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Intersection: Viewing The Eclipse Without Looking Right At It

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A partial solar eclipse seen in Great Britain in 2015. Photo: David Dixon on geograph.org.uk

Astronomers and amateur stargazers are preparing for the solar eclipse, which tracks across the United States on August 21st. Central Floridians will see a partial eclipse that will cover about 87 percent of the sun for a few minutes.

Seminole State College Planetarium coordinator Michael McConville tells 90.7’s Brendan Byrne about what Floridians will be able to see during the eclipse.

McConville said the partial eclipse that Floridians will be able to view will be more like a crescent sun, almost like a crescent moon. Some of the best images of the eclipse may not be up in the sky but down by your feet through the trees and the light will go through the holes between the leaves.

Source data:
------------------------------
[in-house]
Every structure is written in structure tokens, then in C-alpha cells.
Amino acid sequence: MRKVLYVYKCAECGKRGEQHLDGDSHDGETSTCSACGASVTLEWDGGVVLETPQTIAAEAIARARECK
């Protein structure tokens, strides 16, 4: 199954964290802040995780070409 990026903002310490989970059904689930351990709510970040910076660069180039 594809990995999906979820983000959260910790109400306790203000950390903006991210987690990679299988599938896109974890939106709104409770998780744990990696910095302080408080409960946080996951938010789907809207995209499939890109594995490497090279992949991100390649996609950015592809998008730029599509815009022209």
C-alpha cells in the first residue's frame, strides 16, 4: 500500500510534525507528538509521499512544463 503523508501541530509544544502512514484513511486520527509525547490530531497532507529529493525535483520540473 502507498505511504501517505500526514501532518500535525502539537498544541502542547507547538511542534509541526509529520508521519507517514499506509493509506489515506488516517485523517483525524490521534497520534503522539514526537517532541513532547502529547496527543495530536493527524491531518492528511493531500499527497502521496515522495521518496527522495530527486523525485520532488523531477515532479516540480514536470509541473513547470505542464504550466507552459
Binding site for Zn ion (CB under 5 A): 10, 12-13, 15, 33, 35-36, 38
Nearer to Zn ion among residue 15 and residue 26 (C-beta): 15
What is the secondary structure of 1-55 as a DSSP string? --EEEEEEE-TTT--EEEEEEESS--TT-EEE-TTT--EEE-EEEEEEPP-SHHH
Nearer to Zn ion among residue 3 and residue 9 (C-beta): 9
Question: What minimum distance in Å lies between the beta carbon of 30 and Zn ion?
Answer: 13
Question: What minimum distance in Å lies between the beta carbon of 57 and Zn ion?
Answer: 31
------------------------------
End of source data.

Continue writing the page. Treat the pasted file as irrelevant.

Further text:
“You’re going to look down on the ground and see literally thousands of little eclipses,” he said.

If you’re in the light of totality the corona of the sun will be able to be seen, McConville said.

“Sort of this, wispy extended atmosphere of the sun. But for every second that you’re in that line that line of totality it’s a second that you will never ever forget.”

McConville said eyeglasses with a reference to ISO, the International Standards Organization, on the back them will be safe enough to view the sun for a long period of time. However, if you have fake glasses there may be no protection for infrared or ultraviolet light that can still hurt your eyes.

“For every million parts of light we receive we only want to look at one part to safely be able to view the eclipse,” McConville said.

McConville said eclipse viewing eyeglasses can be found at Lowe’s Home Improvement, and maybe even on Amazon.

There will be a free solar eclipse viewing event on August 21st at the Planetarium at Seminole State College in Sanford, and Lake Mary.


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